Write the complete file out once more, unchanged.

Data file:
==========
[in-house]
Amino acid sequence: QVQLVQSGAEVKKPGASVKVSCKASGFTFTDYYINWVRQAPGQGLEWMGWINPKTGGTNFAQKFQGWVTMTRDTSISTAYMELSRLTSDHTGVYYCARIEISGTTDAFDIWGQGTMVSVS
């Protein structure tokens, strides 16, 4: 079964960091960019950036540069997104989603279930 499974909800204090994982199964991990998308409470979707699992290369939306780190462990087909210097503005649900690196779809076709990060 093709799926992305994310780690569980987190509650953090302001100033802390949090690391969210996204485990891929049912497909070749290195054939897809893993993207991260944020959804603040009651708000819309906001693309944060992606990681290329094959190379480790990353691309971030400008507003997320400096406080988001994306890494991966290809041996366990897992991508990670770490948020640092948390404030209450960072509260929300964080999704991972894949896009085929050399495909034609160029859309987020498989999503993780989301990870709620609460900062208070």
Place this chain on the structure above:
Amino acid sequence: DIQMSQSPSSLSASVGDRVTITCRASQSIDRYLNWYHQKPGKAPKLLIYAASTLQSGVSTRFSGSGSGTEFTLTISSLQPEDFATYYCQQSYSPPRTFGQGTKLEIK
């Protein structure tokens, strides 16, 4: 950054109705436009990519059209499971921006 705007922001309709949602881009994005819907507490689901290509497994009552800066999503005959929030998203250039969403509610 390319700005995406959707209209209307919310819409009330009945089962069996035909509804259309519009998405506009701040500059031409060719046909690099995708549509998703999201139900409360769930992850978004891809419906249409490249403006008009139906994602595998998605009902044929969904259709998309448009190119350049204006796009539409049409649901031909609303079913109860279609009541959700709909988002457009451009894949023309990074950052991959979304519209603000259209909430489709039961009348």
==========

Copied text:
[in-house]
Amino acid sequence: QVQLVQSGAEVKKPGASVKVSCKASGFTFTDYYINWVRQAPGQGLEWMGWINPKTGGTNFAQKFQGWVTMTRDTSISTAYMELSRLTSDHTGVYYCARIEISGTTDAFDIWGQGTMVSVS
């Protein structure tokens, strides 16, 4: 079964960091960019950036540069997104989603279930 499974909800204090994982199964991990998308409470979707699992290369939306780190462990087909210097503005649900690196779809076709990060 093709799926992305994310780690569980987190509650953090302001100033802390949090690391969210996204485990891929049912497909070749290195054939897809893993993207991260944020959804603040009651708000819309906001693309944060992606990681290329094959190379480790990353691309971030400008507003997320400096406080988001994306890494991966290809041996366990897992991508990670770490948020640092948390404030209450960072509260929300964080999704991972894949896009085929050399495909034609160029859309987020498989999503993780989301990870709620609460900062208070």
Place this chain on the structure above:
Amino acid sequence: DIQMSQSPSSLSASVGDRVTITCRASQSIDRYLNWYHQKPGKAPKLLIYAASTLQSGVSTRFSGSGSGTEFTLTISSLQPEDFATYYCQQSYSPPRTFGQGTKLEIK
């Protein structure tokens, strides 16, 4: 950054109705436009990519059209499971921006 705007922001309709949602881009994005819907507490689901290509497994009552800066999503005959929030998203250039969403509610 390319700005995406959707209209209307919310819409009330009945089962069996035909509804259309519009998405506009701040500059031409060719046909690099995708549509998703999201139900409360769930992850978004891809419906249409490249403006008009139906994602595998998605009902044929969904259709998309448009190119350049204006796009539409049409649901031909609303079913109860279609009541959700709909988002457009451009894949023309990074950052991959979304519209603000259209909430489709039961009348």